As National Poetry Month comes to a close, many of us will have shared published poets with our students, and created units designed to get our students to craft poetry of their own. But, how many of us have taken the plunge and tried writing poems ourselves? Last November, Betsy wrote a post that will surely inspire even the most reluctant of us to open our notebooks and give it a try.
Are you a teacher who writes? Do you write poetry? Maybe you are scared at the thought. Maybe you feel like you can’t do it but you enjoy other’s poems so you live through their experiences and writing. Maybe you just haven’t tried. Be a teacher who writes poetry and share it with your students.
Here are some suggestions and tips to write your own:
- Look up the “word of the day,” and that may spur an idea.
- Make a list of interesting words. Maybe even get on Thesaurus.com and look for new words that have similar meanings. Describe the words and a poem can emerge.
- Write a paragraph and pull out a line or two. You can start something from there.
- Choose a favorite animal, a place, or a feeling and write everything down that you can think of that relates to that favorite thing. You will begin to see lines of poetry within your list of ideas.
- Pull a line from a favorite poem or a repeating line and weave it into each stanza.
- Draw a bubble, write a topic and draw bubbles off from there, breaking the topic down. Write a line about each bubbled idea/word.
- Look around you and describe one thing you see in detail. Then take those lines and describe it with even more detail. Break it up into stanzas connecting the descriptions.
I combined some of these ideas in the examples below:
The word of the day was anodyne. It means to alleviate pain. From this word came a rather dark poem, but interesting. I looked up anodyne on Thesaurus.com and came up with four synonyms. Then I typed in those four words and chose at least one more word for each. From this list of interesting words I came up with the poem below (also in the image above on my notebook page).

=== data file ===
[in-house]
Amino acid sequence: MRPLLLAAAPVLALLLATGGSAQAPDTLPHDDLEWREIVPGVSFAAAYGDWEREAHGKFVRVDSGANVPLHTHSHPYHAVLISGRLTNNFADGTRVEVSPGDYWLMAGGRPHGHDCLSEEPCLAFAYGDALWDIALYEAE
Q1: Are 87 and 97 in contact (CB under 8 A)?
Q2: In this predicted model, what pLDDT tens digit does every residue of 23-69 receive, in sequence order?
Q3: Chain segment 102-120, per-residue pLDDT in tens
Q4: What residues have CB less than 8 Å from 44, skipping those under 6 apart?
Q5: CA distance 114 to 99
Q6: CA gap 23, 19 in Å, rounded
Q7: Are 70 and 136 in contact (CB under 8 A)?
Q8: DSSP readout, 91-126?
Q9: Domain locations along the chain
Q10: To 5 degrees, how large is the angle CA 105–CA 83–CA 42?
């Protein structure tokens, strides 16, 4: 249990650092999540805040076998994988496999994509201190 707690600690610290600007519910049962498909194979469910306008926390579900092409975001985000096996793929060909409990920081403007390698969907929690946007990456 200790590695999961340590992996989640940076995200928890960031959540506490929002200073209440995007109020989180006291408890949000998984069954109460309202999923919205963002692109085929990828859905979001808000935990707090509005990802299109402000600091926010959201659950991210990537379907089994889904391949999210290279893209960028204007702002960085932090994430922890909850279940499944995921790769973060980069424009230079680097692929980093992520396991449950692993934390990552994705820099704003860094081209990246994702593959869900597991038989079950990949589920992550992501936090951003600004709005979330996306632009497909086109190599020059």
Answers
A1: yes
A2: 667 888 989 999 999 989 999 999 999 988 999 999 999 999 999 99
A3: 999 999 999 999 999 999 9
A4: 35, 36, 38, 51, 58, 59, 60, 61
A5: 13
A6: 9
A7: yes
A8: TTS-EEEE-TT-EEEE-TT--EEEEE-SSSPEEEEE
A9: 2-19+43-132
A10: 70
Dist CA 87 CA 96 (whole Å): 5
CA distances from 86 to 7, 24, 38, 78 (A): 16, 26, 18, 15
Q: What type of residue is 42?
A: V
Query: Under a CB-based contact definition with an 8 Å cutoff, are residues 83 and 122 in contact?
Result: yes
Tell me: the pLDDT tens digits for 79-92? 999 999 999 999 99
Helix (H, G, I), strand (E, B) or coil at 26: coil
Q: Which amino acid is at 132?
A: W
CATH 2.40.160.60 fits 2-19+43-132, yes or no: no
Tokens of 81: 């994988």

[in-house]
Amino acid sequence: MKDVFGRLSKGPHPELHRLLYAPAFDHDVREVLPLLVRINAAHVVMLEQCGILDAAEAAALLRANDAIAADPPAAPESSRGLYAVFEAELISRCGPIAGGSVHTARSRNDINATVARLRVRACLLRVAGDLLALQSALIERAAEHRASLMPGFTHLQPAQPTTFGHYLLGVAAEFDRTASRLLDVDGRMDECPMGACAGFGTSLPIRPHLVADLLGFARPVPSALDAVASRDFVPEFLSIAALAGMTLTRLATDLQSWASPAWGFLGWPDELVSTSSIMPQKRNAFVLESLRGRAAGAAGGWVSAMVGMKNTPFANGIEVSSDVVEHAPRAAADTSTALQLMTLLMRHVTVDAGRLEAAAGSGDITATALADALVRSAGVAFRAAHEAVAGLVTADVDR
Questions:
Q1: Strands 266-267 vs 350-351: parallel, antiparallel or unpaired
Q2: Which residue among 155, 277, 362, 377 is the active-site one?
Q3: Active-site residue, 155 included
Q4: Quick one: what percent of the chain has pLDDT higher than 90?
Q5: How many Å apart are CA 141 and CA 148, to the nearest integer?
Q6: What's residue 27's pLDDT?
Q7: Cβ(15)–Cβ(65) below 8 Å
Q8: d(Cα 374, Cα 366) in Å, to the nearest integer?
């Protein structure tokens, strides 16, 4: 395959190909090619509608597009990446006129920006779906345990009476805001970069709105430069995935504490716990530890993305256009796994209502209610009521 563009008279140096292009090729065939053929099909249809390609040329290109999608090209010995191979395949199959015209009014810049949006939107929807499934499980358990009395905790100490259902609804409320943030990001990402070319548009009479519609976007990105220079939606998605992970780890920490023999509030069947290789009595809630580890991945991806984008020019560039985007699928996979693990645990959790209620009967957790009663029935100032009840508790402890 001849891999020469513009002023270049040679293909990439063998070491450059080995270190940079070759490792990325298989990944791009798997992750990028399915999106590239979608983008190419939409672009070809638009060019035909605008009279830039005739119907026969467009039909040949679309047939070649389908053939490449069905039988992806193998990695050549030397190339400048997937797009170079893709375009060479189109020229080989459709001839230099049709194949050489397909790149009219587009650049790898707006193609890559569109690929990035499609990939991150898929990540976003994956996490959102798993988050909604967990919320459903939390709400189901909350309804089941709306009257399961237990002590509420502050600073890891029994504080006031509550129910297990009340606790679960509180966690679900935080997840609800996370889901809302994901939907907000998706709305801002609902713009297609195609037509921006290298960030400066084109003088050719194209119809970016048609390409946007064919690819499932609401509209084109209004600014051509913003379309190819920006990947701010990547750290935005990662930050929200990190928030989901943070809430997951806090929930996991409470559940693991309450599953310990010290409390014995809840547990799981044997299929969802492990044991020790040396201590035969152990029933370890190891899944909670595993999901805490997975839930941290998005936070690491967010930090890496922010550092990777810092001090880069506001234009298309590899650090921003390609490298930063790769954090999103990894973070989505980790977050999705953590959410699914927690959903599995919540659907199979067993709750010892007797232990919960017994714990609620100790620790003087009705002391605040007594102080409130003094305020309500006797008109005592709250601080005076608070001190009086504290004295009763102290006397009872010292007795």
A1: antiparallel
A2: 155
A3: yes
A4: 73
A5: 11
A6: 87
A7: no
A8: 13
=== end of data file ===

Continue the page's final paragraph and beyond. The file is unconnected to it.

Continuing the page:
take it away
this killer of pain.
Another combination of ideas is below. I took an animal and wrote a paragraph. I liked the paragraph so I drew in some slash marks to show line breaks. To create a new poem from my paragraph I took one line and went from there.
I love drawing bubbles with random words to see what I will end up with next. Here, I started with pens. I began writing a poem then realized I could have a haiku going, so I went with it.
The last three lines are what I ended up liking best!
One of the closest things to me while I was writing was my daughter’s jack-o-lantern candy bowl. Here is a picture.
I decided to describe this in general and then take it further with lots of detail. A poem resulted!
We challenge our students every day to write, often on demand. I challenge you to take one of these ideas or come up with your own method and write a poem today. If you do and you have a blog consider posting your poem and leaving your link in the comments. Another option would be to just write a line of poetry and share that with us. After all, an audience can be motivating!
I teach Writing Workshop, Language Arts and Social Studies to sixth graders at a middle school in suburban New Jersey. This blog is my attempt to capture all the "stuff" that goes into my teaching life - the planning, the dreaming, the reading, the preparing, the hoping and (above all) the kids.
Please note that the content of this blog is my own. It does not reflect the opinions of my employer.